Controversy Erupts Over Taiwan Author’s Nationality

Controversy Erupts Over Taiwan Author’s Nationality

The Man Booker Prize, among the most prestigious literature awards in the world, recently came under criticism for appearing to bow under Chinese pressure to change the nationality of a Taiwanese author. Wu Mingyi’s novel “The Stolen Bicycle” was put on the longlist for the International Prize for translated fiction, with Wu’s nationality initially displayed as Taiwan. Lily Kuo of The Guardian has translated Wu’s Facebook post: “Even though this is only the first stage of the long list, I am extremely honoured to be on it and even more so given that my nationality is listed as Taiwan. I hope this novel will allow readers to see Taiwan’s history, view, and spirit.”

However, two weeks later, under pressure from Beijing, Wu’s nationality was changed to include “China”, seen here in a screenshot from

The alteration immediately received widespread backlash, with a petition made calling for Wu’s country to be re-identified as Taiwan, and Man Booker’s Facebook page inundated with 1-star reviews. Wu himself posted this:

(主辦單位已修改)在國際曼布克獎的長名單公布後,主辦單位網頁已將Taiwan更改為Taiwan, China。這和我個人的立場不同,我會尋求協助,向主辦單位表達我的個人立場。Since the publication of the…

Posted by 吳明益 on Wednesday, March 28, 2018


In response, Man Booker made an final alteration, again writing “Taiwan” beside Wu’s name but changing the designation to “County/Territory.” Wu released a further statement, as Alison Flood and Lily Kuo of The Guardian write:

Wu responded to the reversal on Facebook. “After a few days Man Booker has responded to my position. I don’t believe this is a response to my will, but to the will of literature. This means the Man Booker prize has affirmed that the will of literature is based on honesty and freedom,” he wrote.

“My work comes from cultures all over the world, but it relies entirely on Taiwan, germinating from this piece of land, growing and evolving … to abandon this land, this name, my work would have no basis.”

The Chinese embassy, which initially complained to the Foundation about how it had identified Wu, said in a statement: “China’s position on the Taiwan issue is consistent and clear. There is only one China in the world, and Taiwan is an inseparable part of China. This is the universal consensus of the international community. China opposes any words or deeds that violate the one-China principle and are contrary to the international consensus.” [Source]

In fact, Man Booker’s “reversal” as some publications have written, is actually more nuanced, being less of a defiance of Chinese pressure, and more of a neutral position still satisfying Beijing. The organization did not reinstate its recognition of Wu’s Taiwanese nationality, but rather rephrased its list to avoid the question of nationality altogether.

Foreign companies’ failure to acknowledge Taiwan and other territories as a part of China has often drawn Beijing’s ire. Notable examples include the hotel group Marriott’s inclusion of Taiwan, Hong Kong, Tibet, and Macau, in a guest survey (notorious for “hurting the feelings of the Chinese people”), Delta Airlines listing Taiwan and Tibet as separate countries, and fashion company Zara and medical device manufacturer Medtronic PLC doing similar.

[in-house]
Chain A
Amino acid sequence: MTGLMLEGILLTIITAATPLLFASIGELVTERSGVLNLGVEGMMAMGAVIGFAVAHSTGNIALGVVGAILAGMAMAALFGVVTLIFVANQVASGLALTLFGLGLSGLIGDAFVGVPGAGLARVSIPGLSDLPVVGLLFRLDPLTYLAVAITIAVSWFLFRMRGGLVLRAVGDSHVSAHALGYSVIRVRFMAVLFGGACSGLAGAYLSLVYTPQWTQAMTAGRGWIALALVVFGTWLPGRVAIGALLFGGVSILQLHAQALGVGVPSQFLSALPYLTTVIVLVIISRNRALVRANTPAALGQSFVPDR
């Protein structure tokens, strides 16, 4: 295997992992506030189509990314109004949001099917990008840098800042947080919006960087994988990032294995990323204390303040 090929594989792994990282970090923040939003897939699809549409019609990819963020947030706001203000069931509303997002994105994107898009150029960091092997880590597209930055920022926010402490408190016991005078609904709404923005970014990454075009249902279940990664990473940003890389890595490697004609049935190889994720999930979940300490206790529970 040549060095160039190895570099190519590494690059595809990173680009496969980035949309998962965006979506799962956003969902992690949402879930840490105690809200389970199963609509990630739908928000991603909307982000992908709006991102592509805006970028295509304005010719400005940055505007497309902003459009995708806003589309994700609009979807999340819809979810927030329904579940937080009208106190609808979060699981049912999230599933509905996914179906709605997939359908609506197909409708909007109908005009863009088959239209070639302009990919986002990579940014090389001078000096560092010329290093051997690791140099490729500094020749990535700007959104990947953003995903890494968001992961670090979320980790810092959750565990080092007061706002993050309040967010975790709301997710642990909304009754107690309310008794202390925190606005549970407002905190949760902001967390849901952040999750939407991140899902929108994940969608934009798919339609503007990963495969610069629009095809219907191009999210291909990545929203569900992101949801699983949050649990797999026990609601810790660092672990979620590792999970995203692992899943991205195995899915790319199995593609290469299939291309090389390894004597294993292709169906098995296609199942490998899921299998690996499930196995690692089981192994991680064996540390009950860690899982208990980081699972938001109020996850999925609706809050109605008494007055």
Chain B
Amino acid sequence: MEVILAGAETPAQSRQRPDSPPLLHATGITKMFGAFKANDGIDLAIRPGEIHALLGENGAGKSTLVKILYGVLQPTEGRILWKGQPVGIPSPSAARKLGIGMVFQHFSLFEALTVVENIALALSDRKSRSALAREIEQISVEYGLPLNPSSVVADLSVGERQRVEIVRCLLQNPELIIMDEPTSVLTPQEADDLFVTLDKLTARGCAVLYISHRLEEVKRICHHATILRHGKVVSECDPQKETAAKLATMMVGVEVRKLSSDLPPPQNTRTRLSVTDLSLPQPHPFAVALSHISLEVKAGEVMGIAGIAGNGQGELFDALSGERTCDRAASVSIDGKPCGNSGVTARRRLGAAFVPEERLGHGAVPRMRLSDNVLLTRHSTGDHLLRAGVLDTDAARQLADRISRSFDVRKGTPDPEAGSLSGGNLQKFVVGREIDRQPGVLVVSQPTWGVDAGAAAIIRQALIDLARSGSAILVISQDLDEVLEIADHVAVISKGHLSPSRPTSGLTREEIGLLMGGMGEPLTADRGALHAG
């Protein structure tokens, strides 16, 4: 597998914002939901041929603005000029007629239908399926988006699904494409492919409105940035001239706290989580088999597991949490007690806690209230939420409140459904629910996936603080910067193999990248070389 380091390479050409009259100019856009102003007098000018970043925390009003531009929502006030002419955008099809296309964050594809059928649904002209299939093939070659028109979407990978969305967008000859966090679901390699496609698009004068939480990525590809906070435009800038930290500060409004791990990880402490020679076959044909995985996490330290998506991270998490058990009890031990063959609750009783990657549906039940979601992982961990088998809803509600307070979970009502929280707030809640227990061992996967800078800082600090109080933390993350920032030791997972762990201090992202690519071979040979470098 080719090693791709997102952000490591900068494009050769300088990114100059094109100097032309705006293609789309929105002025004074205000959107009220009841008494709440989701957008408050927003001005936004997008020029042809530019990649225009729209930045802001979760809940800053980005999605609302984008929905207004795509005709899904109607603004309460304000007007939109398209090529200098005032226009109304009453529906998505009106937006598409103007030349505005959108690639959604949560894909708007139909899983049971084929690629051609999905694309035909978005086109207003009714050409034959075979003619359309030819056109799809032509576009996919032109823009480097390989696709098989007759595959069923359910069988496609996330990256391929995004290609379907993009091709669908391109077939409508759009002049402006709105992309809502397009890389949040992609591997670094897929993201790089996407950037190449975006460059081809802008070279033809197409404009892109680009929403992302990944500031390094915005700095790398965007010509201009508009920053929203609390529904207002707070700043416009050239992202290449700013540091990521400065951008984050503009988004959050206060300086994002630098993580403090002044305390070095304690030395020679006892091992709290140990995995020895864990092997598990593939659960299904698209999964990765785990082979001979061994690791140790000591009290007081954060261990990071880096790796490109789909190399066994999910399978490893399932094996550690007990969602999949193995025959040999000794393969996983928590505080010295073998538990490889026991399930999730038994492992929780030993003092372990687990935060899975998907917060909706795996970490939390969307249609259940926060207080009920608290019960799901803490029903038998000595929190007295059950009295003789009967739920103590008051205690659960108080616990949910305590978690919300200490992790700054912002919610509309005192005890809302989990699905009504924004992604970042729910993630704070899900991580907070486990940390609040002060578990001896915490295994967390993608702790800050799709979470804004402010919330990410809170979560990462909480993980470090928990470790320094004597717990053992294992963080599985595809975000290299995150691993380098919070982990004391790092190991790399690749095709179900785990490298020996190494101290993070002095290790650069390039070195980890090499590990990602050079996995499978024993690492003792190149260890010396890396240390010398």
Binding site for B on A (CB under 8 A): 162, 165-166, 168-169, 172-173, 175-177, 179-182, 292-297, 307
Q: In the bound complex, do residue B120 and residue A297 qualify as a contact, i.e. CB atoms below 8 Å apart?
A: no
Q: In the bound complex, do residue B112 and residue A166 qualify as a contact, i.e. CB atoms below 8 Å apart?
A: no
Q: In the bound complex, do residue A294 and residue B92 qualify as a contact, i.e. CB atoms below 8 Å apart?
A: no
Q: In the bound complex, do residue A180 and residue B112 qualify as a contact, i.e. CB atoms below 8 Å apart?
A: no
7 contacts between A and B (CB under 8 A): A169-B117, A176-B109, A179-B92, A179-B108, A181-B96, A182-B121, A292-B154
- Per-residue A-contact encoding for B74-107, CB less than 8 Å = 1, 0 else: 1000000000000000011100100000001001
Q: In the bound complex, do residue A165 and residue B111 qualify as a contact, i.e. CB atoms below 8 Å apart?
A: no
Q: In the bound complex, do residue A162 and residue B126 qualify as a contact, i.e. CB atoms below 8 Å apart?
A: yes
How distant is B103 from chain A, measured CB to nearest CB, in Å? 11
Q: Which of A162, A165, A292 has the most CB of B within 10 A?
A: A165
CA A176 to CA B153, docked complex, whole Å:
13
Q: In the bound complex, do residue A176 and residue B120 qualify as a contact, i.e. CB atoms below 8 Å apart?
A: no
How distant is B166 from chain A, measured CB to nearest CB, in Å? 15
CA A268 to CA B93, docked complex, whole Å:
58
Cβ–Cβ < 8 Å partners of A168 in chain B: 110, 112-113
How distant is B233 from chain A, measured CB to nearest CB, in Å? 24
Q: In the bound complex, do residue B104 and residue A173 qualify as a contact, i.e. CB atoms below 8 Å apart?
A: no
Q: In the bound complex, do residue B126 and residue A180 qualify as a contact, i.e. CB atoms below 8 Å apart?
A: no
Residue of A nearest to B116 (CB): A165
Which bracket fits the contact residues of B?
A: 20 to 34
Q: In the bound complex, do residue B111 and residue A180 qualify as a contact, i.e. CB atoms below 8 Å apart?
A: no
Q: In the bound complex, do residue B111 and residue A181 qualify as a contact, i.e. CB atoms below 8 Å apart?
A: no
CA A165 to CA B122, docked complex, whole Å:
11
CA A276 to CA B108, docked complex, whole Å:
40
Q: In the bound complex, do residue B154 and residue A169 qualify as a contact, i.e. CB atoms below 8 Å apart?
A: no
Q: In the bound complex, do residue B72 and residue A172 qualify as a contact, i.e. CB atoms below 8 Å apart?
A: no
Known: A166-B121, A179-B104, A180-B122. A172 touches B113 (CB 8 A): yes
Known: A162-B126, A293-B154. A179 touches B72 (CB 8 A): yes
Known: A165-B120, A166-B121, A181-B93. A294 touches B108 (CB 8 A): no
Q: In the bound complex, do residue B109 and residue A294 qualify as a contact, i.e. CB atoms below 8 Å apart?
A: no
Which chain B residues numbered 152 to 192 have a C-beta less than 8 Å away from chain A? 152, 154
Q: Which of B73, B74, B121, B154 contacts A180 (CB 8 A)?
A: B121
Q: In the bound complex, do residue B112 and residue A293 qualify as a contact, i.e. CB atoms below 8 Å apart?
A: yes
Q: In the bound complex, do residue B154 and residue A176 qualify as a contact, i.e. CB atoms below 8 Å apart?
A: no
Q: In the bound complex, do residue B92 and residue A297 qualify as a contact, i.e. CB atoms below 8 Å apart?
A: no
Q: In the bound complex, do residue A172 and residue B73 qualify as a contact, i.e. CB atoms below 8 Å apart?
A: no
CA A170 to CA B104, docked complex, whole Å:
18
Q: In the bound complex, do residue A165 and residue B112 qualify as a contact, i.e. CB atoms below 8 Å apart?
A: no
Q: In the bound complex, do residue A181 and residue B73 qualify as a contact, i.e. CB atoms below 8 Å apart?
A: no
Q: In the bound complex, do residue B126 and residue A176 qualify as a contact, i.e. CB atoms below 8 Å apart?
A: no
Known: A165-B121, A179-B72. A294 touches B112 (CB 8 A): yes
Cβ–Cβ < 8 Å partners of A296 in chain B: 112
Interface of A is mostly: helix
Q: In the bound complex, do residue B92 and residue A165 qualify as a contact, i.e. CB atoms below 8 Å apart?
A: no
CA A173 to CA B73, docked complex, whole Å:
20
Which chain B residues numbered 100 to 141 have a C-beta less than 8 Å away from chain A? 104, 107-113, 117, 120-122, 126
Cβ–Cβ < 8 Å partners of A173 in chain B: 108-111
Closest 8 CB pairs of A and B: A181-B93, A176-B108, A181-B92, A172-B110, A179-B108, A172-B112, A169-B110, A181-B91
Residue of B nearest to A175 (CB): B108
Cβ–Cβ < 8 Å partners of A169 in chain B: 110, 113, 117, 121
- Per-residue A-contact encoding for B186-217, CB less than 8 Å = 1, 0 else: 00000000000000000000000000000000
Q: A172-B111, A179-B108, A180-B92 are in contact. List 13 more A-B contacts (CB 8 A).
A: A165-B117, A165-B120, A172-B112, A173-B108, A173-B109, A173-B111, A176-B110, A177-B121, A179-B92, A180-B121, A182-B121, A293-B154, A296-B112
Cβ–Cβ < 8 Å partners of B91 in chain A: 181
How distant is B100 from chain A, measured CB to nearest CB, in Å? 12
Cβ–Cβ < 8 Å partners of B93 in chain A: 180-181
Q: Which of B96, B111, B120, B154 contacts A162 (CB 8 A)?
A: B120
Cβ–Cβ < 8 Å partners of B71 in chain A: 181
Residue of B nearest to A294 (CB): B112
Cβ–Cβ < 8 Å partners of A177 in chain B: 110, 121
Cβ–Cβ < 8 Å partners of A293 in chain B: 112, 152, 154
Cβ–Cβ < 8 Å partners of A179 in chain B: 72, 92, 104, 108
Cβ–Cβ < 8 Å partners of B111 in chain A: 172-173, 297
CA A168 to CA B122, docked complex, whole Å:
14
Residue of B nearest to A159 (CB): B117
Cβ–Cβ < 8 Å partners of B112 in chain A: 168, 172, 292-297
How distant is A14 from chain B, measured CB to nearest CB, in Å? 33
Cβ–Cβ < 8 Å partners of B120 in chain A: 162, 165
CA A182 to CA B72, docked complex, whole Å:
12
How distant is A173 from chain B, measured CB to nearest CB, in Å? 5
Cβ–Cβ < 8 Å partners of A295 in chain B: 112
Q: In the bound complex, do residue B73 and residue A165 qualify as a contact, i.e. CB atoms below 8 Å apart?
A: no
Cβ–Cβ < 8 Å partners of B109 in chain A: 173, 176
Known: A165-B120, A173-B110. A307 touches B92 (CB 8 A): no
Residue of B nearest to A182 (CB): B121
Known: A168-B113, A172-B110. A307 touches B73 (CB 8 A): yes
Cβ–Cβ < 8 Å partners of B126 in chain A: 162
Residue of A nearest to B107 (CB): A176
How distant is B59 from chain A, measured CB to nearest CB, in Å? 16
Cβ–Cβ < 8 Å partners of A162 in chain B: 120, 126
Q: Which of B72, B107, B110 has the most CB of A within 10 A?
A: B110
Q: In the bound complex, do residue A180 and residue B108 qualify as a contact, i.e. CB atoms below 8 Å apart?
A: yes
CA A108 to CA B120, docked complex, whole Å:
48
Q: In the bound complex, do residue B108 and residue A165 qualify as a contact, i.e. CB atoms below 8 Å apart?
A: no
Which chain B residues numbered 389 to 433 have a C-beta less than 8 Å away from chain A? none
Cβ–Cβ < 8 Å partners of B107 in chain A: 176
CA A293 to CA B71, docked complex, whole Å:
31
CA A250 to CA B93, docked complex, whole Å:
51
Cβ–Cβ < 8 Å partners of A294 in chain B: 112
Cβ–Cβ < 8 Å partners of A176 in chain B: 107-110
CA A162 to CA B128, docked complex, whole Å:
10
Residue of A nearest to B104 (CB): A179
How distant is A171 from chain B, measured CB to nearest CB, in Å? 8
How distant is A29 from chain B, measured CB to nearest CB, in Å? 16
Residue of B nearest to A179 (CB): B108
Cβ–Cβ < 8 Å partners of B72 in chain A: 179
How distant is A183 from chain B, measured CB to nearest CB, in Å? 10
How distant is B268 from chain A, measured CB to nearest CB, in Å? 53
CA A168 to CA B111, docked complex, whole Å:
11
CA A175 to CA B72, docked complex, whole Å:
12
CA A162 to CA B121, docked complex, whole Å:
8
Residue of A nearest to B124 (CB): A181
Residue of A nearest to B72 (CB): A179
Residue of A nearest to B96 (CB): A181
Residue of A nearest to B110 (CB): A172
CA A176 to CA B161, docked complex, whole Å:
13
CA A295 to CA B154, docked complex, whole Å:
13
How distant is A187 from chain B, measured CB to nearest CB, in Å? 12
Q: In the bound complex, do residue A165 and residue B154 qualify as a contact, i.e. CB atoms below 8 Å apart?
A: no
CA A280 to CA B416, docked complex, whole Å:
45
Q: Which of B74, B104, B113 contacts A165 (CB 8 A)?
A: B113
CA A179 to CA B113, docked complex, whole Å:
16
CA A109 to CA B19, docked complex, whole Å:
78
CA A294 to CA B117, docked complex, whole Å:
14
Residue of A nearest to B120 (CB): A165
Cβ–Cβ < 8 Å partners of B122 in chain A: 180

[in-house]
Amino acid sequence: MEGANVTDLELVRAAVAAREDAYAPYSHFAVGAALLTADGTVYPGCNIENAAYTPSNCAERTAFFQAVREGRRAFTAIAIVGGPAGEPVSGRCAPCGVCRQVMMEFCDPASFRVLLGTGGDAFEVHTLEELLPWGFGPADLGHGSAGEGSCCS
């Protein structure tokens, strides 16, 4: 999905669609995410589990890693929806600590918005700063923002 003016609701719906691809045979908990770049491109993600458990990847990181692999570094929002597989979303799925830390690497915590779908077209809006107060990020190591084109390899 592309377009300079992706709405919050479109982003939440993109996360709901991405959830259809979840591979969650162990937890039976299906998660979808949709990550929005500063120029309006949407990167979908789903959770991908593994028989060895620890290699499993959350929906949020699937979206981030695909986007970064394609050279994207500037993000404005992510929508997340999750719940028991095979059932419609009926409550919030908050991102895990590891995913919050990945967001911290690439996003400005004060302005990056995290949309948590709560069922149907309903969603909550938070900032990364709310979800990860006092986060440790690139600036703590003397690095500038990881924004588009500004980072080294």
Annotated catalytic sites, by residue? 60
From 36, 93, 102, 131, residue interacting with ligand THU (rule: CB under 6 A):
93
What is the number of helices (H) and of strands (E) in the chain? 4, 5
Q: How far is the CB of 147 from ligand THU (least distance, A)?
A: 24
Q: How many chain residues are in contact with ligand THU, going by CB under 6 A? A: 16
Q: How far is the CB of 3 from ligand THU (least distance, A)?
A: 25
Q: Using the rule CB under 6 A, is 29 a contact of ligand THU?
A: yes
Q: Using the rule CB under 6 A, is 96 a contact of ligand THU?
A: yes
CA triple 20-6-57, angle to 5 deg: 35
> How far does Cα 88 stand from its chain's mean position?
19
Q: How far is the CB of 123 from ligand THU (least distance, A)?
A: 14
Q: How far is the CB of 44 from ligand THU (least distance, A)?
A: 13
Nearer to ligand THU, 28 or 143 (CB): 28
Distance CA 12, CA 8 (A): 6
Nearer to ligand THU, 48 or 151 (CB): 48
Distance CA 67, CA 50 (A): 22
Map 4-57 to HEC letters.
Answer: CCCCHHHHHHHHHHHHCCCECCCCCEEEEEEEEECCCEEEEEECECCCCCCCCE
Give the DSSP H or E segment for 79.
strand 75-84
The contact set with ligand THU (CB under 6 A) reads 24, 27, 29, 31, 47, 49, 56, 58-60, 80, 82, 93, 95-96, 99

Daimler’s use of a Dalai Lama quote in an advertisement posted on Instagram subsequently forced two apologies from the car manufacturer, the first being characterized by state media as “too insincere”. That Instagram is blocked to Chinese citizens via the Great Firewall was a point not considered important to Beijing, and is reflective of its increased sensitivity to any perceived slights to territorial integrity.

Through these aforementioned examples, Beijing forces foreign companies and individuals to preemptively self-censor, over fear of losing future business in the world’s second largest economy, or potential legal action by the CCP itself. In November last year, a book critical of Chinese influence in Australia was pulled by its publisher for this very reason.

Meanwhile in the U.K., new details are now available about the the Royal Court theater’s cancellation of a play about Tibet last fall after the British Council voiced concerns it would jeopardize the theater’s ability to operate in China in the future. After Brexit, the U.K. is seeking wider trade links and is worried about harming relations with Beijing. Ben Quinn of The Guardian reports:

The West End venue – which had been criticised by the play’s award-winning Indian author, who claimed the play had been shelved – said in February it had had to postpone and then withdraw the production for “financial reasons” in 2017 and that it was now committed to producing the play in spring next year.

Correspondence released under the Freedom of Information Act now reveals details of discussions about the play, Pah-La, between the theatre and the British Council, the UK government’s cultural diplomacy arm.

The play’s scheduled West End run, from October to November last year, would have had an impact on a joint arts programme being run in China as well as coinciding with “significant political meetings” in China, the theatre was told by a high-ranking British Council official serving as a first secretary in the UK’s embassy in Beijing. [Source]

Again, there is precedent for this. In 2012 the London Book Fair included Liu Binjie, China’s head of the General Administration for Press and Publishing. With prominent exiled authors not invited to attend, and amidst protests over Chinese book censorship, the U.K. was criticized for sacrificing its values of free speech over prioritizing commercial links with Beijing.


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